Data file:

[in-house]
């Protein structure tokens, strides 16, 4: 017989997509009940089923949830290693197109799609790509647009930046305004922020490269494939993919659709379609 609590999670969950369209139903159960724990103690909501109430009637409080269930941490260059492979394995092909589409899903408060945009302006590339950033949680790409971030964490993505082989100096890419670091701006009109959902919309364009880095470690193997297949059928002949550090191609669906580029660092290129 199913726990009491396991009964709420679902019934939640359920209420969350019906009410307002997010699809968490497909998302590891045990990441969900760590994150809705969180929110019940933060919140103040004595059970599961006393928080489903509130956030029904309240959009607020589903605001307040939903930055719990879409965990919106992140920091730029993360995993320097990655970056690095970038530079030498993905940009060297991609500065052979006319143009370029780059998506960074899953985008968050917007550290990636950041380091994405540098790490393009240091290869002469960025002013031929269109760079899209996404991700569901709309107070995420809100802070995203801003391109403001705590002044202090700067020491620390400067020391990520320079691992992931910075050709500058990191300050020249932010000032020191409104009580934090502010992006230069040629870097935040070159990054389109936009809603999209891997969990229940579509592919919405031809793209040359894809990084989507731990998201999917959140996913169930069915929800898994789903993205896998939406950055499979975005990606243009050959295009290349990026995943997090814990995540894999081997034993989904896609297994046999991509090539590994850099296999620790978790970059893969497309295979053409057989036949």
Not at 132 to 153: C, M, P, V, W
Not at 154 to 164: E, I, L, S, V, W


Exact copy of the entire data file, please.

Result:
[in-house]
């Protein structure tokens, strides 16, 4: 017989997509009940089923949830290693197109799609790509647009930046305004922020490269494939993919659709379609 609590999670969950369209139903159960724990103690909501109430009637409080269930941490260059492979394995092909589409899903408060945009302006590339950033949680790409971030964490993505082989100096890419670091701006009109959902919309364009880095470690193997297949059928002949550090191609669906580029660092290129 199913726990009491396991009964709420679902019934939640359920209420969350019906009410307002997010699809968490497909998302590891045990990441969900760590994150809705969180929110019940933060919140103040004595059970599961006393928080489903509130956030029904309240959009607020589903605001307040939903930055719990879409965990919106992140920091730029993360995993320097990655970056690095970038530079030498993905940009060297991609500065052979006319143009370029780059998506960074899953985008968050917007550290990636950041380091994405540098790490393009240091290869002469960025002013031929269109760079899209996404991700569901709309107070995420809100802070995203801003391109403001705590002044202090700067020491620390400067020391990520320079691992992931910075050709500058990191300050020249932010000032020191409104009580934090502010992006230069040629870097935040070159990054389109936009809603999209891997969990229940579509592919919405031809793209040359894809990084989507731990998201999917959140996913169930069915929800898994789903993205896998939406950055499979975005990606243009050959295009290349990026995943997090814990995540894999081997034993989904896609297994046999991509090539590994850099296999620790978790970059893969497309295979053409057989036949």
Not at 132 to 153: C, M, P, V, W
Not at 154 to 164: E, I, L, S, V, W